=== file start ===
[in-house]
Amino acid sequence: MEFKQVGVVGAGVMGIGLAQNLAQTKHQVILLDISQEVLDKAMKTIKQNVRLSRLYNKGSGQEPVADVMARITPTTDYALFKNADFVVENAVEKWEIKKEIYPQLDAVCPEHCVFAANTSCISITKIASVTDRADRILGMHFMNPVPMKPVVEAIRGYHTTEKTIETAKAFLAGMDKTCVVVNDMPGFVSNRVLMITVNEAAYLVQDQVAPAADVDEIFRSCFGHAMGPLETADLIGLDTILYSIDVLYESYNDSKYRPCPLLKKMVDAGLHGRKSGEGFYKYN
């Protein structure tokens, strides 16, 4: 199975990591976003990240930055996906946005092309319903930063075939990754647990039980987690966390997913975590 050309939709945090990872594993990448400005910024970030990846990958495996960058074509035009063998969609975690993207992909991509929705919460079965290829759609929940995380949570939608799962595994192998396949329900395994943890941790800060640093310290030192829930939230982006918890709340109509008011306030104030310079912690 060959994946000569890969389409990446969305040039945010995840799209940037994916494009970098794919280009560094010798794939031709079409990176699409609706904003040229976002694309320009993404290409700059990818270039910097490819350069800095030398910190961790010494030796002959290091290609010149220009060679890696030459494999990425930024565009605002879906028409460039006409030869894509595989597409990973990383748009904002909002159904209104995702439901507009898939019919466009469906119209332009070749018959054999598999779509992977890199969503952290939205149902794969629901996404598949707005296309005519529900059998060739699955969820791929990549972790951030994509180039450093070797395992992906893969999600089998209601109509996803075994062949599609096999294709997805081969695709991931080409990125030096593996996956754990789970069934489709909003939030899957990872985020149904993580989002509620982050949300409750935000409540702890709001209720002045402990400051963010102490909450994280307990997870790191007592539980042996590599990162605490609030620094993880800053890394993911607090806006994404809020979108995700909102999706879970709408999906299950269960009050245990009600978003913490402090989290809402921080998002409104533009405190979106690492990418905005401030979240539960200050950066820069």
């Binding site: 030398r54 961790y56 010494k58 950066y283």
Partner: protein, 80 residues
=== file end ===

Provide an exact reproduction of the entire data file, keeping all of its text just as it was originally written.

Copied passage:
[in-house]
Amino acid sequence: MEFKQVGVVGAGVMGIGLAQNLAQTKHQVILLDISQEVLDKAMKTIKQNVRLSRLYNKGSGQEPVADVMARITPTTDYALFKNADFVVENAVEKWEIKKEIYPQLDAVCPEHCVFAANTSCISITKIASVTDRADRILGMHFMNPVPMKPVVEAIRGYHTTEKTIETAKAFLAGMDKTCVVVNDMPGFVSNRVLMITVNEAAYLVQDQVAPAADVDEIFRSCFGHAMGPLETADLIGLDTILYSIDVLYESYNDSKYRPCPLLKKMVDAGLHGRKSGEGFYKYN
């Protein structure tokens, strides 16, 4: 199975990591976003990240930055996906946005092309319903930063075939990754647990039980987690966390997913975590 050309939709945090990872594993990448400005910024970030990846990958495996960058074509035009063998969609975690993207992909991509929705919460079965290829759609929940995380949570939608799962595994192998396949329900395994943890941790800060640093310290030192829930939230982006918890709340109509008011306030104030310079912690 060959994946000569890969389409990446969305040039945010995840799209940037994916494009970098794919280009560094010798794939031709079409990176699409609706904003040229976002694309320009993404290409700059990818270039910097490819350069800095030398910190961790010494030796002959290091290609010149220009060679890696030459494999990425930024565009605002879906028409460039006409030869894509595989597409990973990383748009904002909002159904209104995702439901507009898939019919466009469906119209332009070749018959054999598999779509992977890199969503952290939205149902794969629901996404598949707005296309005519529900059998060739699955969820791929990549972790951030994509180039450093070797395992992906893969999600089998209601109509996803075994062949599609096999294709997805081969695709991931080409990125030096593996996956754990789970069934489709909003939030899957990872985020149904993580989002509620982050949300409750935000409540702890709001209720002045402990400051963010102490909450994280307990997870790191007592539980042996590599990162605490609030620094993880800053890394993911607090806006994404809020979108995700909102999706879970709408999906299950269960009050245990009600978003913490402090989290809402921080998002409104533009405190979106690492990418905005401030979240539960200050950066820069």
């Binding site: 030398r54 961790y56 010494k58 950066y283």
Partner: protein, 80 residues